Double whammy for women

Women are bearing the brunt of the economic crisis in Asia. As Boonthan Sakanond writes, the recession is 'redomesticating' the women.

AS the Asian recession rolls on, women are being forced to make the maximum sacrifices whether in the family, the workplace or in school.

Asia's economic slump, now almost a year and a half old, is also pushing more and more women to migrate overseas in search of work and take up employment in the commercial sex industry, say new studies.

Expects warn that without appropriate policies in place, decades of work done to improve the status of Asian women could be rolled back in the space of a few years.

'There is a distinct need for designing macroeconomic policies in Asia that are sensitive to the needs of women and which do not put the main burden of adjustment on this already disadvantaged group,' says a paper by Jayati Ghosh of the Centre of Economic Studies and Planning at the Jawaharlal Nehru University in New Delhi, India.

Her paper on women and economic liberalisation in the Asia-Pacific region was part of a discussion at a recent forum in Bangkok on the impact of globalisation on women, organised by the United Nations Economic and Social Commission for Asia-Pacific (ESCAP).

While official figures on rising unemployment in Asia do not look specifically at the impact on women, there is growing evidence that in the industrial sector women in general, and older women in particular, are the first to bear the brunt of job cuts.

In Thailand, for example, where more than 300,000 people have lost jobs in the past year, trade union activists claim that a majority of retrenched employees are women. 'Women are considered easier to dismiss by many employers and so they are more vulnerable in times of crisis like the current one,' says Voravidh Charoenlert, a labour economist and trade union adviser in Bangkok.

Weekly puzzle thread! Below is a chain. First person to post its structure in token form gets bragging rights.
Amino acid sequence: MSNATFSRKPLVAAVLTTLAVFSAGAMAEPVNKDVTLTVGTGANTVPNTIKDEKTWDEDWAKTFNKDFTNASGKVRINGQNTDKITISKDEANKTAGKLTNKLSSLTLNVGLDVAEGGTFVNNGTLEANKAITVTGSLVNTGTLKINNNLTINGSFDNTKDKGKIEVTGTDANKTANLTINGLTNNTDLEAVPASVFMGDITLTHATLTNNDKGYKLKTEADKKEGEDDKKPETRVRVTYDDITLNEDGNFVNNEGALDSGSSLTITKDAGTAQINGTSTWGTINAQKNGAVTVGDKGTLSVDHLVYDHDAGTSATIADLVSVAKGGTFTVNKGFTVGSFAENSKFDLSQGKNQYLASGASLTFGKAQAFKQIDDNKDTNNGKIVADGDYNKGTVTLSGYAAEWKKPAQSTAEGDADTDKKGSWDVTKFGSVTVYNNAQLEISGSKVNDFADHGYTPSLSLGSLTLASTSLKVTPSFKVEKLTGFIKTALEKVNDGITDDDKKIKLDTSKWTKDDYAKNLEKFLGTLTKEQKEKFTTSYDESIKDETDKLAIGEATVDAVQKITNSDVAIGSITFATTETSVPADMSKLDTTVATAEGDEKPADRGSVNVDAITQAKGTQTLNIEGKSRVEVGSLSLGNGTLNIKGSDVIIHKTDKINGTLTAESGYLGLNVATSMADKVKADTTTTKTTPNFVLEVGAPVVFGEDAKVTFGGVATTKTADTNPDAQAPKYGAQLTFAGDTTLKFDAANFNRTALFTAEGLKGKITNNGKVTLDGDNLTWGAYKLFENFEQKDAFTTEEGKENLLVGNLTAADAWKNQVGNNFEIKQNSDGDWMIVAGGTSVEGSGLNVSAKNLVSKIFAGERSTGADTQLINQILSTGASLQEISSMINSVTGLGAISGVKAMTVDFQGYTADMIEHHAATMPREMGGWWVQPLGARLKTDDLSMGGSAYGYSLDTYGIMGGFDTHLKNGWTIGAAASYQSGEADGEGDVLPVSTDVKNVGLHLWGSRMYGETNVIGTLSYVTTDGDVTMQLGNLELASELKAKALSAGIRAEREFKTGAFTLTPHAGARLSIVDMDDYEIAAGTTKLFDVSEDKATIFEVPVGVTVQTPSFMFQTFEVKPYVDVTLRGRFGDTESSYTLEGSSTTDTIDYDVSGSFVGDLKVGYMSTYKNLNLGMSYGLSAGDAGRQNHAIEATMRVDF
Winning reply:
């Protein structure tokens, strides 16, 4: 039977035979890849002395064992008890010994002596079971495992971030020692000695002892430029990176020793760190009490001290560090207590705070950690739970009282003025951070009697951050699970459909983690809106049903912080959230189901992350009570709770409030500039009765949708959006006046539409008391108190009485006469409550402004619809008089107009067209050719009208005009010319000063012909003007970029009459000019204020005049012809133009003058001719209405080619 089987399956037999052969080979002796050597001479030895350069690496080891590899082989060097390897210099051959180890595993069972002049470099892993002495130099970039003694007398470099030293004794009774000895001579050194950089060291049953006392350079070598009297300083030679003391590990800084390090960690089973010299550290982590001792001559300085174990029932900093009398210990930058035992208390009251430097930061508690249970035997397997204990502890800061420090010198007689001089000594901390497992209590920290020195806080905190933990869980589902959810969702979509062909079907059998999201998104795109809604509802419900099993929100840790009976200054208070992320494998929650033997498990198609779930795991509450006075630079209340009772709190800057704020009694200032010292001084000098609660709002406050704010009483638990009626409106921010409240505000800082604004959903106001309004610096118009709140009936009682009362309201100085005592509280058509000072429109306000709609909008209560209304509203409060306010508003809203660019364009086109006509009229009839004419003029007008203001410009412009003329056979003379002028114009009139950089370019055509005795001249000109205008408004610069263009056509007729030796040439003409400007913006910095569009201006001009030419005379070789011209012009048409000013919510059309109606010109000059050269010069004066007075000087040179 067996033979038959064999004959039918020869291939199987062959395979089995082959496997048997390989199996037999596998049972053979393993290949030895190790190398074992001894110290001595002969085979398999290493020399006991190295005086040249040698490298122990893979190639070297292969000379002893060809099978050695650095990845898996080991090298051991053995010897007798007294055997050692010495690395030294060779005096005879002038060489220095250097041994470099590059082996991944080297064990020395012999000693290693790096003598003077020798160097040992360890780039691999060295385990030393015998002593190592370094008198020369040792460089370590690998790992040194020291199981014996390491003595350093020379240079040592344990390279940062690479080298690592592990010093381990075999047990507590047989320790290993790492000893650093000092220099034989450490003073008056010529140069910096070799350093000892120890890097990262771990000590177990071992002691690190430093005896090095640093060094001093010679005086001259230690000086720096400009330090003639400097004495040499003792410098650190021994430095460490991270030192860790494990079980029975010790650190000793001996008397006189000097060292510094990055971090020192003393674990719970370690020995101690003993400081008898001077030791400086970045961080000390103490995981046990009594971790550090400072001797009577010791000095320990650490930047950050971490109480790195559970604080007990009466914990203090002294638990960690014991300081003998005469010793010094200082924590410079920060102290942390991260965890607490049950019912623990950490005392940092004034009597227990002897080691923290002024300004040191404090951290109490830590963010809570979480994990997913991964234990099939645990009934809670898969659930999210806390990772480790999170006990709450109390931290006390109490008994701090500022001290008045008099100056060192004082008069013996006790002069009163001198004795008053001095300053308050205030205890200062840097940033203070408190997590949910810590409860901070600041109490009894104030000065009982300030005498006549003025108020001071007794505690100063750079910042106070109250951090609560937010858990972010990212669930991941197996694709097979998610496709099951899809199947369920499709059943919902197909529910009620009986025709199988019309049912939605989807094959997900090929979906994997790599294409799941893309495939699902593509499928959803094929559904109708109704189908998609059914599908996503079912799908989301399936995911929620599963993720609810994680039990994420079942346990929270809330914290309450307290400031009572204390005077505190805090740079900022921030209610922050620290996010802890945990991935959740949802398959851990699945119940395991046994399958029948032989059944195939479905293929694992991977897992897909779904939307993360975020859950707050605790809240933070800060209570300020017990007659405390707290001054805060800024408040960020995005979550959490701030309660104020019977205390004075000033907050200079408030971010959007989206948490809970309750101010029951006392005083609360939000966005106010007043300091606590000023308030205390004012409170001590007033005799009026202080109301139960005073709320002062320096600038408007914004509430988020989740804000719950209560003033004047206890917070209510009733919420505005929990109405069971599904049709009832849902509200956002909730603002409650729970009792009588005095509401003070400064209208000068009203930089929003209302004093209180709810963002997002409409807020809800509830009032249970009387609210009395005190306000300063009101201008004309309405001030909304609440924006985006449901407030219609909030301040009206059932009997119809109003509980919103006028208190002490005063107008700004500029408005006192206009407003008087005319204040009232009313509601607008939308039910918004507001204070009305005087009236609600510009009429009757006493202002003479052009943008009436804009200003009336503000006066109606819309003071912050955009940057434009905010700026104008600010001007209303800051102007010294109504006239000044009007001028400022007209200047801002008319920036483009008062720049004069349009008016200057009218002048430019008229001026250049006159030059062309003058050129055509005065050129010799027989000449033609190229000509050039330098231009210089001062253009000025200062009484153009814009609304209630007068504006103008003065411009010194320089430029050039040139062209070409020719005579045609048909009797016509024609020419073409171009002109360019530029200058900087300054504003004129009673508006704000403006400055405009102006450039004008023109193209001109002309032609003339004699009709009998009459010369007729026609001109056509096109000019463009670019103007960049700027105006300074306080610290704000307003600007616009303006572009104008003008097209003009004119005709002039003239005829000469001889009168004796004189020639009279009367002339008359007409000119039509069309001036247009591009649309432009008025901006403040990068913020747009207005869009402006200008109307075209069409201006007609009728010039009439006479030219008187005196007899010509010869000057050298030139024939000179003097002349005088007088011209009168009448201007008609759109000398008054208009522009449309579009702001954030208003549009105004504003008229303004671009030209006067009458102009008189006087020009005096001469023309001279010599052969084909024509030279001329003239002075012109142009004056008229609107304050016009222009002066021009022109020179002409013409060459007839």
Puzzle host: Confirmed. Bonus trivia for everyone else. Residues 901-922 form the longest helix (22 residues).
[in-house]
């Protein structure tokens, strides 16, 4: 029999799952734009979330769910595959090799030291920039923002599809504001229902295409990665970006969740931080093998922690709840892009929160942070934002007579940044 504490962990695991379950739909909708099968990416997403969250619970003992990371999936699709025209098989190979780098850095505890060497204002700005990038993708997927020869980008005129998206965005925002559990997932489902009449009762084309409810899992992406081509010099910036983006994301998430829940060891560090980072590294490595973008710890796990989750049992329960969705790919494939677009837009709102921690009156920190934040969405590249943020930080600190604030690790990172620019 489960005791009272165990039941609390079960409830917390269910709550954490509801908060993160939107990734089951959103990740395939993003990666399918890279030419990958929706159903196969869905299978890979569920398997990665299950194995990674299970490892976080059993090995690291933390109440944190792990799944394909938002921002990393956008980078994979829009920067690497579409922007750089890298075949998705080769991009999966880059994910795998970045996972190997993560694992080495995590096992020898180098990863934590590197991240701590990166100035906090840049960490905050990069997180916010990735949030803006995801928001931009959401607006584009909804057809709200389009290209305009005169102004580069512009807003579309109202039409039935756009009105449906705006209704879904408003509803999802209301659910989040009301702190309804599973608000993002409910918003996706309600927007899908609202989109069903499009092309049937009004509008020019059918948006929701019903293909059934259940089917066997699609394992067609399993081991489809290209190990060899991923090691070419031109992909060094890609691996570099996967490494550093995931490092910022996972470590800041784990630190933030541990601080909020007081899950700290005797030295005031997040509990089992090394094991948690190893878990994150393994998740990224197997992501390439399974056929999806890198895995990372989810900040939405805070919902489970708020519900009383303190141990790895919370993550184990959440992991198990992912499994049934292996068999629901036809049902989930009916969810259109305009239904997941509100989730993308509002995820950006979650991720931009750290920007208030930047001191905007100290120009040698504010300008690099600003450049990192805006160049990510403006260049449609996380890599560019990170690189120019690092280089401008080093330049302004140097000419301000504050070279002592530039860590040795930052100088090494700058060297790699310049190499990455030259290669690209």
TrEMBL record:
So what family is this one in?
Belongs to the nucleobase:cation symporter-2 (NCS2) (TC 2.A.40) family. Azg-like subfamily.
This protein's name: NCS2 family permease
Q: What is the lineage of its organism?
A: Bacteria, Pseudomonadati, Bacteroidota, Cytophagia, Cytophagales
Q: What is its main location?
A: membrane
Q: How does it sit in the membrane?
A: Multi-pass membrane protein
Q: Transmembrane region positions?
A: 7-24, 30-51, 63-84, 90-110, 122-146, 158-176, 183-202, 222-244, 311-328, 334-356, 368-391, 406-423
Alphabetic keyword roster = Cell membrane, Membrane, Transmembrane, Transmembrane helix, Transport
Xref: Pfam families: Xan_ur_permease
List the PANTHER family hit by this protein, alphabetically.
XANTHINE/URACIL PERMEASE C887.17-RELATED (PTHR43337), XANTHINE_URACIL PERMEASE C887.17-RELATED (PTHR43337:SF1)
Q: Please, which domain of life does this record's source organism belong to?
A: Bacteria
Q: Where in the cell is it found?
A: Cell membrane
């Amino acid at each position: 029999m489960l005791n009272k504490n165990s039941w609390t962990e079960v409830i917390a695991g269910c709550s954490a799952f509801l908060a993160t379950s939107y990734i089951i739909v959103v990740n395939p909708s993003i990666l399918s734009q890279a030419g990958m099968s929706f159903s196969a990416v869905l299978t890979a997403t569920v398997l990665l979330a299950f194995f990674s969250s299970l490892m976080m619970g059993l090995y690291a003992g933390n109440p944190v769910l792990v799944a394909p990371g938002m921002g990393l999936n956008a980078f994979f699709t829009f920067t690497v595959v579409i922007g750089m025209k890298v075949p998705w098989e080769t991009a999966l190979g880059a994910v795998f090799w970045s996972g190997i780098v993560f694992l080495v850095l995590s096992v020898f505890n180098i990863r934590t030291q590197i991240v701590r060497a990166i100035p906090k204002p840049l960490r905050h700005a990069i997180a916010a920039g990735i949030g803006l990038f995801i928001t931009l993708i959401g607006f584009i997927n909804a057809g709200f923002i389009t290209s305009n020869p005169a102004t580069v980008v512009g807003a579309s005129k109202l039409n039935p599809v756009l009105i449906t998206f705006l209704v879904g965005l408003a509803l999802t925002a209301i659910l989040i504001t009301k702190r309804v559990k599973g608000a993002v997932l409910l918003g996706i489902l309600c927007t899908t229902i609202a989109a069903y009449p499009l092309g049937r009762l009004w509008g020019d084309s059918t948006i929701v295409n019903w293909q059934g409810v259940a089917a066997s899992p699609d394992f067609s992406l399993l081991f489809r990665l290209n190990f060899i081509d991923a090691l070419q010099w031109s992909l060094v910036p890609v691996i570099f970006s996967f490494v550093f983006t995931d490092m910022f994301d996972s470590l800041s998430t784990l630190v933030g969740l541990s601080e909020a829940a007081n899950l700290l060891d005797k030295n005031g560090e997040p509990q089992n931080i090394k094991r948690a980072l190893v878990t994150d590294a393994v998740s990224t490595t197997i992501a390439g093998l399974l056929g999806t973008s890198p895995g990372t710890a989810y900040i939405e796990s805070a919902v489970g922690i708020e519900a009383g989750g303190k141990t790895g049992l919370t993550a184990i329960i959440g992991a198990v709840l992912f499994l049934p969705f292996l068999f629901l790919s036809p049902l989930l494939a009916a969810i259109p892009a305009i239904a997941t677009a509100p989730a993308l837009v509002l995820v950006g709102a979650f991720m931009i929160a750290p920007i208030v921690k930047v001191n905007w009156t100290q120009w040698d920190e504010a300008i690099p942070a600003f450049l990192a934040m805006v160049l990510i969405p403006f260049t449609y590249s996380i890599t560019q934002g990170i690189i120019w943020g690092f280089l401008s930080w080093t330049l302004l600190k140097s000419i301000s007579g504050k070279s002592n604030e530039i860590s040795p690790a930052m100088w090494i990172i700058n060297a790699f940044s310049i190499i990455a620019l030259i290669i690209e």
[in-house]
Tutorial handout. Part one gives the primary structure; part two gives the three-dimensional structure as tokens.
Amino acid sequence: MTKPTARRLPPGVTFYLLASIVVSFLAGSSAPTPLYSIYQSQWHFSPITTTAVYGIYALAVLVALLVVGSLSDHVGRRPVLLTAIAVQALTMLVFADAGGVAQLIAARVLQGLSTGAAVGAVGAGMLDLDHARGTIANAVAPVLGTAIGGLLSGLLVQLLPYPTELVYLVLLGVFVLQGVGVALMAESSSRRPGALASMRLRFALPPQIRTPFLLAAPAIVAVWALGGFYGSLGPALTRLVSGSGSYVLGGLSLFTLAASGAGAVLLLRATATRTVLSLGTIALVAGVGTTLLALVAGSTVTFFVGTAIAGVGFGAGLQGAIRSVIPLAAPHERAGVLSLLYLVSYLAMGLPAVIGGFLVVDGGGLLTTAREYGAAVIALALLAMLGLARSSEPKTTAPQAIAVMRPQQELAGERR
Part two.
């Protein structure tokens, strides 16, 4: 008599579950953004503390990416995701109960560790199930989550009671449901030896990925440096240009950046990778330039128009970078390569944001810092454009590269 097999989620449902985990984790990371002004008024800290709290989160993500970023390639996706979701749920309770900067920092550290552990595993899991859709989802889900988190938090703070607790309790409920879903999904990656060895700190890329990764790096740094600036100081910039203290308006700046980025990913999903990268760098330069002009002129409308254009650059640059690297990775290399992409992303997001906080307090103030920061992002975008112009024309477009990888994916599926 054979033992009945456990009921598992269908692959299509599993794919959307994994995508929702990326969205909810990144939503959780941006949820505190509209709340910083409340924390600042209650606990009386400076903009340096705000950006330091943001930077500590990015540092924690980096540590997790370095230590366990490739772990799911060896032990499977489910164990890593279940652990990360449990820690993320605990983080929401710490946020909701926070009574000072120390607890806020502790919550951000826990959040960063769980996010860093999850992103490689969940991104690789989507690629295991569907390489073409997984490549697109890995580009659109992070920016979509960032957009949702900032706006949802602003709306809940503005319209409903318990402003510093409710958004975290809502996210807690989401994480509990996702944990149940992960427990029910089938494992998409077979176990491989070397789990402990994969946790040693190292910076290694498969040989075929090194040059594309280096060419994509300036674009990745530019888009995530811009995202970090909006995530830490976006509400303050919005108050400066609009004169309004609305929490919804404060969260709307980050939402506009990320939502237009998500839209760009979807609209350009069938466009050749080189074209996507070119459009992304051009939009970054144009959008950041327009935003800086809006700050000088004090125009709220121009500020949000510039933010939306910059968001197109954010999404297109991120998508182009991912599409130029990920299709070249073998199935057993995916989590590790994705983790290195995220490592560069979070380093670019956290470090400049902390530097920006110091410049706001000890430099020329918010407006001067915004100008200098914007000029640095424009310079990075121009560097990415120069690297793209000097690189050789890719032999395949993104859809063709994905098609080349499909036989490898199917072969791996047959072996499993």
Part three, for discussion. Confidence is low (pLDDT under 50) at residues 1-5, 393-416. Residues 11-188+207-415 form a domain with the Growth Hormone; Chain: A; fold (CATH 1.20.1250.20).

Increased female employment

As Ghosh's paper points out, the possibility of easy dismissal was always one of the main reasons why women found employment in large numbers during the boom years of the 1980s and early 1990s.

She points to the widespread perception that female employees are more tractable and subservient to managerial authority, less prone to organise into unions, more willing to accept lower wages, less likely to expect upward job mobility and easier to dismiss using life-cycle criteria like marriage and childbirth.

According to the International Labour Organisation (ILO), figures in Indonesia between 1980 and 1996 show the percentage of women in the labour force jumped from 27.7 to 37.2%.

In Thailand, it went up from 49.5% to 52.2% in the same period. In China, another Asian country which has seen a spurt in export-oriented industries, the number of women in the labour force increased from 48.9 to 55.6% from 1980 to 1996.

While many of the jobs that women held during Asia's boom years were low-skill, low-paid and repetitive work, Ghosh's paper says that despite this, the increase in the number of employed women benefitted them socially and culturally.